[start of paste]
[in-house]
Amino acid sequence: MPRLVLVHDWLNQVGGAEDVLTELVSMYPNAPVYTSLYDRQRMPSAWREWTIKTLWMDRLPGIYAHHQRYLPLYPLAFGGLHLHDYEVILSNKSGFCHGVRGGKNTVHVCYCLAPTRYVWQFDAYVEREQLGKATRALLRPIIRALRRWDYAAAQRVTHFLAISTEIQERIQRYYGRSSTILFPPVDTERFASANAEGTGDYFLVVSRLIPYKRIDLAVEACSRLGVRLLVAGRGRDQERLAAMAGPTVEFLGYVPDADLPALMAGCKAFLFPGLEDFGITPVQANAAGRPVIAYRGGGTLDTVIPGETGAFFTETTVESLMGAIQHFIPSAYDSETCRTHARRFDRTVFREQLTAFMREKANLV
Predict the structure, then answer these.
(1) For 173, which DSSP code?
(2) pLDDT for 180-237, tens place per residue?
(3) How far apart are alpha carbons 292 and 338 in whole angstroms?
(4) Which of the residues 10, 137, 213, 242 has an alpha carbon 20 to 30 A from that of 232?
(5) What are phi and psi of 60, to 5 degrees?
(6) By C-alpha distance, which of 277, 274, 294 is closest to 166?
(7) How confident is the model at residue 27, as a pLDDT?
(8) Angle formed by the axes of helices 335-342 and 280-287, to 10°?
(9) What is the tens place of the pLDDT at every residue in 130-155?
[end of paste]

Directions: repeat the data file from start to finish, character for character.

[in-house]
Amino acid sequence: MPRLVLVHDWLNQVGGAEDVLTELVSMYPNAPVYTSLYDRQRMPSAWREWTIKTLWMDRLPGIYAHHQRYLPLYPLAFGGLHLHDYEVILSNKSGFCHGVRGGKNTVHVCYCLAPTRYVWQFDAYVEREQLGKATRALLRPIIRALRRWDYAAAQRVTHFLAISTEIQERIQRYYGRSSTILFPPVDTERFASANAEGTGDYFLVVSRLIPYKRIDLAVEACSRLGVRLLVAGRGRDQERLAAMAGPTVEFLGYVPDADLPALMAGCKAFLFPGLEDFGITPVQANAAGRPVIAYRGGGTLDTVIPGETGAFFTETTVESLMGAIQHFIPSAYDSETCRTHARRFDRTVFREQLTAFMREKANLV
Predict the structure, then answer these.
(1) For 173, which DSSP code?
(2) pLDDT for 180-237, tens place per residue?
(3) How far apart are alpha carbons 292 and 338 in whole angstroms?
(4) Which of the residues 10, 137, 213, 242 has an alpha carbon 20 to 30 A from that of 232?
(5) What are phi and psi of 60, to 5 degrees?
(6) By C-alpha distance, which of 277, 274, 294 is closest to 166?
(7) How confident is the model at residue 27, as a pLDDT?
(8) Angle formed by the axes of helices 335-342 and 280-287, to 10°?
(9) What is the tens place of the pLDDT at every residue in 130-155?